Journal of Gerontology: Medical Sciences
About the Journal (Impact Factor: 4.314)
The Journals of Gerontology were the first journals on aging published in the United States. The tradition of excellence in these peer-reviewed scientific journals, established in 1946, continues today. The Journals of Gerontology Series A publishes within its covers the Journal of Gerontology: Biological Sciences and the Journal of Gerontology: Medical Sciences.
The Journal of Gerontology: Medical Sciences publishes articles representing the full range of medical sciences pertaining to aging. Appropriate areas include, but are not limited to, basic medical science, clinical epidemiology, clinical research, and health services research for professions such as medicine, dentistry, allied health sciences, and nursing. It publishes articles on research pertinent to human biology and disease. The following types of articles are published: 1) articles reporting original research; 2) rapid communications; 3) review articles; 4) guest editorials.
Each issue contains an article in the Translational Articles series, representing a paper that the editor sees as providing an especially significant contribution to the field of gerontology. These articles are available free to non-subscribers. A small collection of frequently-cited articles that have enhanced the journal's impact factor also is open to the public.
Special Issue Call for Papers
The Journal of Gerontology: Medical Sciences is announcing a special issue on “Physical Function and the Aging Brain” to be published in the Fall of 2014. Caterina Rosano and Stephanie Studenski of the University of Pittsburgh will be the special issue editors. In the past several years, there has been a great expansion in research from a variety of disciplines indicating relationship between the aging brain and declining physical function beyond the effects of clinical neurological diseases such as stroke, Parkinson’s disease and Alzheimer’s disease. The integration of the aging brain into models of physical function represents an important expansion of conceptual and research paradigms to explain declining physical function, frailty and the onset of physical disability. To bring this rapidly evolving area to a wider audience, we are calling for original manuscript submissions presenting high quality, innovative work that advances our understanding of how the aging brain affects physical function. Potential topics include but are not limited relationships between aspects of physical function (e.g. gait, movement speed, balance, muscle strength and power) and white matter integrity, subclinical cerebrovascular disease, resting state networks, and neuro-cognitive tests. The cognitive effects of interventions designed to improve physical function and physical effects of interventions designed to improve cognitive function are also of interest. Manuscripts should be submitted by December 31, 2013 via Manuscript Central to JG:MS. Check “yes” to the query about submission to a special issue and click on the pull down menu for topic and then click on “Physical Function and the Aging Brain.” Click here for the full Call for Papers.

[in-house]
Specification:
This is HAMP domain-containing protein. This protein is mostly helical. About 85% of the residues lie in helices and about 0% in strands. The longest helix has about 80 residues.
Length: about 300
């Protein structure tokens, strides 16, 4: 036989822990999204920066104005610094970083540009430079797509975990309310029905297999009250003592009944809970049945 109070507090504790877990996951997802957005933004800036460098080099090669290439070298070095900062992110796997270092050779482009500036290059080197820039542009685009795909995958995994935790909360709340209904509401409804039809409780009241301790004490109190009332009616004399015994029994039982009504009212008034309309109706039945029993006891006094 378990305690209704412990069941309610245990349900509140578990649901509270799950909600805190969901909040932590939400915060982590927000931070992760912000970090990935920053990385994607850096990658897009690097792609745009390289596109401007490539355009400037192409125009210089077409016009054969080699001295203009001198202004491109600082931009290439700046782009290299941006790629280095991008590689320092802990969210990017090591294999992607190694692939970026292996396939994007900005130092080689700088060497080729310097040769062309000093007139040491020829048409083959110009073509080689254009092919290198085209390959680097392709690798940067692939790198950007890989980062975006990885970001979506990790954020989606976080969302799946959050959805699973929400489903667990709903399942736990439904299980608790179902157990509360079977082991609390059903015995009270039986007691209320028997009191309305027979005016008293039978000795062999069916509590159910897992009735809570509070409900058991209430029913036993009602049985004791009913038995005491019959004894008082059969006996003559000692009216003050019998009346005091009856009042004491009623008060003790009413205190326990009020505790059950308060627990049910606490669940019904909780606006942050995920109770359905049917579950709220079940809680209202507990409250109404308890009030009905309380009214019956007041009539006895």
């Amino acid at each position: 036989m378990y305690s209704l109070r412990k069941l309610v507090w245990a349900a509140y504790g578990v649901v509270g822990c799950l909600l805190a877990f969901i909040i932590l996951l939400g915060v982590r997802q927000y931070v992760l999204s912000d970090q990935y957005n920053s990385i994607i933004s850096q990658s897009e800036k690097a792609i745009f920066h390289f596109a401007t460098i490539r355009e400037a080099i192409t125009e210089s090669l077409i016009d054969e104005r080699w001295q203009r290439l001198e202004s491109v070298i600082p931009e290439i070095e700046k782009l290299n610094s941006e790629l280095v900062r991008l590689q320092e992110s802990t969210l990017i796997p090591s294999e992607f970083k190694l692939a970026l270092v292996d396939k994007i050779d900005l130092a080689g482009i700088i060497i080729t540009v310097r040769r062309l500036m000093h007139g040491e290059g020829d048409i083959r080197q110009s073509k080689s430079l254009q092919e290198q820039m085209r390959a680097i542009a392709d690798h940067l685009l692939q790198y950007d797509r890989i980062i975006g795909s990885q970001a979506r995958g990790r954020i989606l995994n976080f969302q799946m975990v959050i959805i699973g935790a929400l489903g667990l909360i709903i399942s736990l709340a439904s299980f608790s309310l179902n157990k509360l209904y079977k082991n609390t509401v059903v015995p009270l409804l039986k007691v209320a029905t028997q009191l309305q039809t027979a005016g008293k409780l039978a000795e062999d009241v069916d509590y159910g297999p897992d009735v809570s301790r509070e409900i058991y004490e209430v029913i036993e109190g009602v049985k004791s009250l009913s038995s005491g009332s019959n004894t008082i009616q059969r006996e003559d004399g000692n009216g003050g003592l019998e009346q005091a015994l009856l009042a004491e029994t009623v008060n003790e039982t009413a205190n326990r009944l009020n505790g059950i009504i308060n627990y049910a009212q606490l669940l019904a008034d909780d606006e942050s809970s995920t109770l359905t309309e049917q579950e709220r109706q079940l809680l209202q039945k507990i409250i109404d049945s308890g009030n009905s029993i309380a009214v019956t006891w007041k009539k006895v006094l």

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Journal Claims (Member Subscriptions Only)
Please note the following when applying for lost, damaged, or missing issues:
- Back issue claims will be honored for 90 days after the last issue of each volume has been distributed.
- Claims for copies lost in the mail are allowed within 90 days of the date of the issue.
- Claims filed due to insufficient (or no notice) of change of address will not be honored.
Claims can be made via:
- E-mail, by using GSA's Contact Us form (select "journal claims")
- Mail, sent to The Gerontological Society of America, 1220 L Street NW, Suite 901, Washington, DC 20005
- Phone, at (202) 842-1275
Be sure to include a valid e-mail address so we can send you an e-mail confirmation. If more than 90 days have passed, single issues may be available for purchase based on availability.
Change of Address
Changes of address should be submitted four weeks in advance of the change to ensure uninterrupted service. Send your current mailing label (showing old address) along with your new address and the effective date of change. If you miss an issue because of the address change, you must claim this missing issue within 90 days of the publication date (see above).